Gabrielle Bell's LUCKY
Drawn & Quarterly, November 2006
112 pages, $15.96
Gabrielle Bell's autobiographical, award-winning minicomic, Lucky, is now an elegant hardback thanks to Drawn & Quarterly. In Lucky, Bell shapes her everyday experiences into short stories about apartment woes, crappy jobs, and picnics in the park. Included are a few extra stories and an enthusiastic intro that graphically describes the evolution of Lucky and the accident (irrevocably losing issue number two at an airport), which proved an unexpected, yet encouraging artistic stimulus for Bell.
The first two chapters of Lucky, comprised of issues one and two, focus on Gabrielle and her boyfriend Tom's housing search in the crazy New York City rental market, and their struggle to remain financially sound. The diary format is a lot stricter in these first two issues, as each story is a dated entry and Gabrielle's struggles-the hassles of roommates and relationships, her insecurities about her art, and the torture of mindless jobs-fold on top of one another as the pages go by. Bell harnesses the anger and frustration of small humiliations in a story about encountering a boorish male comics "fan." She depicts his moronic ramblings about women cartoonists with a cutting exactness, making the return to somber self-reflection in the final panel a bit of a disappointment.
Bell marks a positive change in her writing with issue three. In her introduction she remarks that although she felt the subject matter was too revealing, she decided to publish it at her friends' urging. Her friends were on point: this issue won the Ignatz award for "Outstanding Minicomic" in 2004. One memorable story riffs on the collision of Bell's Francophilia and her experience teaching cartooning to two precocious French preteens. To their delight, the boys' sexually-charged teasing-Brother one: "You don't know how to draw a 'vag-in-a!' It has a thing at the top here!" Brother two: "I know! I'm drawing the view looking out from inside the 'vag-in-a!'"-makes Gabrielle painfully uncomfortable, and the effect is hilarious.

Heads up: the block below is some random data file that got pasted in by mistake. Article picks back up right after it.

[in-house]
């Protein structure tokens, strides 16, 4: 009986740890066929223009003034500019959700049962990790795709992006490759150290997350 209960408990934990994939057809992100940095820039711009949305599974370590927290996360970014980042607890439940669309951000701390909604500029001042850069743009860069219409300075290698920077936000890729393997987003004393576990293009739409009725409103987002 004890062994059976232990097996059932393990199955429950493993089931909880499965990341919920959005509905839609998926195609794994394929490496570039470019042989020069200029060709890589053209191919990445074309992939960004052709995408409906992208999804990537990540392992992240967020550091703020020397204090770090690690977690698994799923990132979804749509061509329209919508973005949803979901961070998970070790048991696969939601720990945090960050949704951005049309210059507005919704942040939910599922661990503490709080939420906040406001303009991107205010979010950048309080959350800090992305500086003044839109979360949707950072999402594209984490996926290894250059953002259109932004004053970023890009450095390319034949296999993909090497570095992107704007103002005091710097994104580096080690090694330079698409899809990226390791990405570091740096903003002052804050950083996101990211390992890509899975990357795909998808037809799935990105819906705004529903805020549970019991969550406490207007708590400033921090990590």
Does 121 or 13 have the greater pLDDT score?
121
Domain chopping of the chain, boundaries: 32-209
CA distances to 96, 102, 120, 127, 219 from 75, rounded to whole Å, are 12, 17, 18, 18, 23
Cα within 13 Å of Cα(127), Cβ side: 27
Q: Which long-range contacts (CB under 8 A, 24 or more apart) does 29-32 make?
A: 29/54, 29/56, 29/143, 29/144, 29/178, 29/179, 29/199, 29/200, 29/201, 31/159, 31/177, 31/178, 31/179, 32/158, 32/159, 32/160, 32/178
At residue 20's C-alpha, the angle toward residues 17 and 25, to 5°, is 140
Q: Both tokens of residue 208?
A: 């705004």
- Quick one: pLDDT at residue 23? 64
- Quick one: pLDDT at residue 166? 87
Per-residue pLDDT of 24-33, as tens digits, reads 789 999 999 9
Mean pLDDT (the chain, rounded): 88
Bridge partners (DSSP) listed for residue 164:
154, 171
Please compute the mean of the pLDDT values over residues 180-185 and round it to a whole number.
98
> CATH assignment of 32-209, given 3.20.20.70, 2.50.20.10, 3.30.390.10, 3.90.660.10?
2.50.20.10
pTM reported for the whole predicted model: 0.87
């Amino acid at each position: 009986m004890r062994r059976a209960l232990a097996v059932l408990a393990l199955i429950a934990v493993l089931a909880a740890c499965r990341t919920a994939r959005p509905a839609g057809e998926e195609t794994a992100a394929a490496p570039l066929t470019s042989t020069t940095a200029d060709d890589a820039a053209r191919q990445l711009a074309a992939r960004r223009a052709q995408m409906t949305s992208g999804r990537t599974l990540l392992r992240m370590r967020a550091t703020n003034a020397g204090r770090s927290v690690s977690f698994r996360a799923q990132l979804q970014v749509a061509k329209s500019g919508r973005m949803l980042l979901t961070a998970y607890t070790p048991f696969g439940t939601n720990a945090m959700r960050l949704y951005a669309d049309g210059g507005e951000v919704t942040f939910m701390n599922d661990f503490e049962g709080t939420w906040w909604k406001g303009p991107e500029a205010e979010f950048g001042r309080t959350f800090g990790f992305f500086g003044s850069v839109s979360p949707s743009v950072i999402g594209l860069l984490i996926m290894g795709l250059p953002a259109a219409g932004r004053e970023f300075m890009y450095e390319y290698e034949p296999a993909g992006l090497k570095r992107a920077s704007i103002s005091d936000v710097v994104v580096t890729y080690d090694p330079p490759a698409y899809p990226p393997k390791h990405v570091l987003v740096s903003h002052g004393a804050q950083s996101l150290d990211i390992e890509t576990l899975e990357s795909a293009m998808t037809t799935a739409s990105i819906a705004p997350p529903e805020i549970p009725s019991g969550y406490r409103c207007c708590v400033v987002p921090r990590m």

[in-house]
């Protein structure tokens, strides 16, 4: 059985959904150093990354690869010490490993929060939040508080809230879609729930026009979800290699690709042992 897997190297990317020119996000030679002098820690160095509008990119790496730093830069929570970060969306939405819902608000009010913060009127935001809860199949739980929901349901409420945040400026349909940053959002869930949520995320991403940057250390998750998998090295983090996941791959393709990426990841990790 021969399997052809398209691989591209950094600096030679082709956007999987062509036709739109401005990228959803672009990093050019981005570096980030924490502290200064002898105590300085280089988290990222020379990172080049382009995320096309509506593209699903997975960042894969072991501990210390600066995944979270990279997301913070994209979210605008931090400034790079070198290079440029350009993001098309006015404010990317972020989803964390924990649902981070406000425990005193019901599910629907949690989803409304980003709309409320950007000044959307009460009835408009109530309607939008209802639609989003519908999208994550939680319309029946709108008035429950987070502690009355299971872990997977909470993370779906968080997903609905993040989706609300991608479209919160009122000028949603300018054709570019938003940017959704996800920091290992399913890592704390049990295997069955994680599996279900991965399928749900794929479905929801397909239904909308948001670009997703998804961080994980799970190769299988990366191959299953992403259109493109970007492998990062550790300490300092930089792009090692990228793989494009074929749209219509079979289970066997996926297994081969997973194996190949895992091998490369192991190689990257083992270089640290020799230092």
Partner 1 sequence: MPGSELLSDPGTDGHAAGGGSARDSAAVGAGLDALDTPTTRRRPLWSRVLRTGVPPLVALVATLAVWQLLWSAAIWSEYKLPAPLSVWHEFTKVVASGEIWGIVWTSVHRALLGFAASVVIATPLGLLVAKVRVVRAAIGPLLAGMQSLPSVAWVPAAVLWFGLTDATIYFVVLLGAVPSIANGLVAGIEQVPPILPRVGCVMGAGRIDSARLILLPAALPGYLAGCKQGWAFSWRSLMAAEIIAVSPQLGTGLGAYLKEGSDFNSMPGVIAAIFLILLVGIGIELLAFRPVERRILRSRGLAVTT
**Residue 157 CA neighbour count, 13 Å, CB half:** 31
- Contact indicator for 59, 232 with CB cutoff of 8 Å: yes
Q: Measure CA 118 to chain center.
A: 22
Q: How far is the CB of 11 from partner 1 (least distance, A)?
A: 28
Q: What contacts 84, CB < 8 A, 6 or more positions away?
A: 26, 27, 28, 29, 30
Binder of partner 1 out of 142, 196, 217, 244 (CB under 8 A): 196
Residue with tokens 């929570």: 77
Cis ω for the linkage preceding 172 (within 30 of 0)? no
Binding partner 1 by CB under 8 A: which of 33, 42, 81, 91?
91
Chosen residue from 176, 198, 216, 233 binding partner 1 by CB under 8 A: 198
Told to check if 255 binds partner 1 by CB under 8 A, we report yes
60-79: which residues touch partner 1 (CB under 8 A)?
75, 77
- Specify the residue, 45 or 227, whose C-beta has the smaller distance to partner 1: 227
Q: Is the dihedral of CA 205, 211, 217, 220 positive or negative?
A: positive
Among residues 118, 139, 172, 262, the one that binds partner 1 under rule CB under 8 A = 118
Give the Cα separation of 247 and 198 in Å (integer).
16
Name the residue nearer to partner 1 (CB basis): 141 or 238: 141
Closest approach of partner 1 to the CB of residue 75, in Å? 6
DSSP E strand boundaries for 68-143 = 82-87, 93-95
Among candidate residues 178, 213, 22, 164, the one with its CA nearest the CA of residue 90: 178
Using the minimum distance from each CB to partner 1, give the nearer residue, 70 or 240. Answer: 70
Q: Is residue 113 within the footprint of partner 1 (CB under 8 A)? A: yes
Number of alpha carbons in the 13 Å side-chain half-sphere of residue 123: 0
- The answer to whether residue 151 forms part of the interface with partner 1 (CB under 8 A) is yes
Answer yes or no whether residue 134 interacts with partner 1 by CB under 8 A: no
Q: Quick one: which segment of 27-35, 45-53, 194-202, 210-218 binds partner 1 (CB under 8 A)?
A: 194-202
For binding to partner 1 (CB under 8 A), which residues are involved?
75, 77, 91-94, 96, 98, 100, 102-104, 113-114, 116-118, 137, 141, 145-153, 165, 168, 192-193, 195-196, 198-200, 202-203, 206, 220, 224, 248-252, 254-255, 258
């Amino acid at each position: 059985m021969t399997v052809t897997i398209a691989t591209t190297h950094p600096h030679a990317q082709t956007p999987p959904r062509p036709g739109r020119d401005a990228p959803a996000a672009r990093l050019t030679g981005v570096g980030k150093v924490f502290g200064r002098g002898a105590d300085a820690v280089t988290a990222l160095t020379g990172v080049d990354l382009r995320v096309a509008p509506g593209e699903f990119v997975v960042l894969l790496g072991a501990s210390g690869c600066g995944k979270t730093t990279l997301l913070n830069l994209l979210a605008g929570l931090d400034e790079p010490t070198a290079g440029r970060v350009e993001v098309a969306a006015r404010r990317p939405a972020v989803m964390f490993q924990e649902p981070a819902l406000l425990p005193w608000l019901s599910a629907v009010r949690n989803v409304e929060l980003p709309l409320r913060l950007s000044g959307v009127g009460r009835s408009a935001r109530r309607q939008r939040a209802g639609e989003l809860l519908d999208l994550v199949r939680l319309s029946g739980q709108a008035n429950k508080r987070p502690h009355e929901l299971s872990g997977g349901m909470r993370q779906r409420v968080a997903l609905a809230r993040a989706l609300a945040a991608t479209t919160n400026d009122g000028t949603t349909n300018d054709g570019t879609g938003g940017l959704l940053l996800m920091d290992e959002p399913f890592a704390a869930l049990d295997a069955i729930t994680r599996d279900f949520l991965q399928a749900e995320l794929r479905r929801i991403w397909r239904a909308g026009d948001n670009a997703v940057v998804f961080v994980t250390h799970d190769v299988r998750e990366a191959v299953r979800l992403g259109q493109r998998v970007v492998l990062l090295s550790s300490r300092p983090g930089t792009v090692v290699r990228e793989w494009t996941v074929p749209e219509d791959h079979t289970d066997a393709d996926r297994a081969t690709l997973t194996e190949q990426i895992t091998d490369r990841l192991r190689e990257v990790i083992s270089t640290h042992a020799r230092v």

In fact, Lucky is at its best when Bell steps outside of her daily routine. With that distance, her exceptional gift for capturing intense moments-whether funny, poignant, or just bizarre-is striking. Such is the case in "Mom," where Bell imagines herself as a young girl, trying to understand a mysterious adult world. When she sees her mother reading silently, she demands that her mother "read it for real." So Gabrielle's mother reads a story of ornate and twisted love aloud, and we see a young Gabrielle return to her toys, aware that she had trespassed into a place she was not ready for.
The black-and-white illustrations in Lucky are spare and elegant, yet amazingly evocative. Though Lucky is driven by dialogue and Bell's explanatory notes, her lines convey emotion and action with seeming ease. When she steps up background elements, such as in the art- and nature-filled story that starts issue three, the extra details are a pleasant addition to Bell's exploration of the tension between the self and the confusing, inconsistent world in which she dwells.
Gabrielle Bell is responsible for the Book of... series: Book of Insomnia, Book of Sleep, Book of Black, Book of Lies, and Book of Ordinary Things. She has contributed to publications such as Stereoscomic, Bogus Dead, Orchid, and Shout! Magazine. She lives in Brooklyn, New York.
Carrie Jones is a freelance writer in New York. She is a Senior Web Editor for Topic Magazine, a quarterly publication of nonfiction, first person nonfiction and contemporary photography. Her writing has appeared in The Village Voice, Bookslut and ruinedmusic. She blogs about reading and writing at try harder.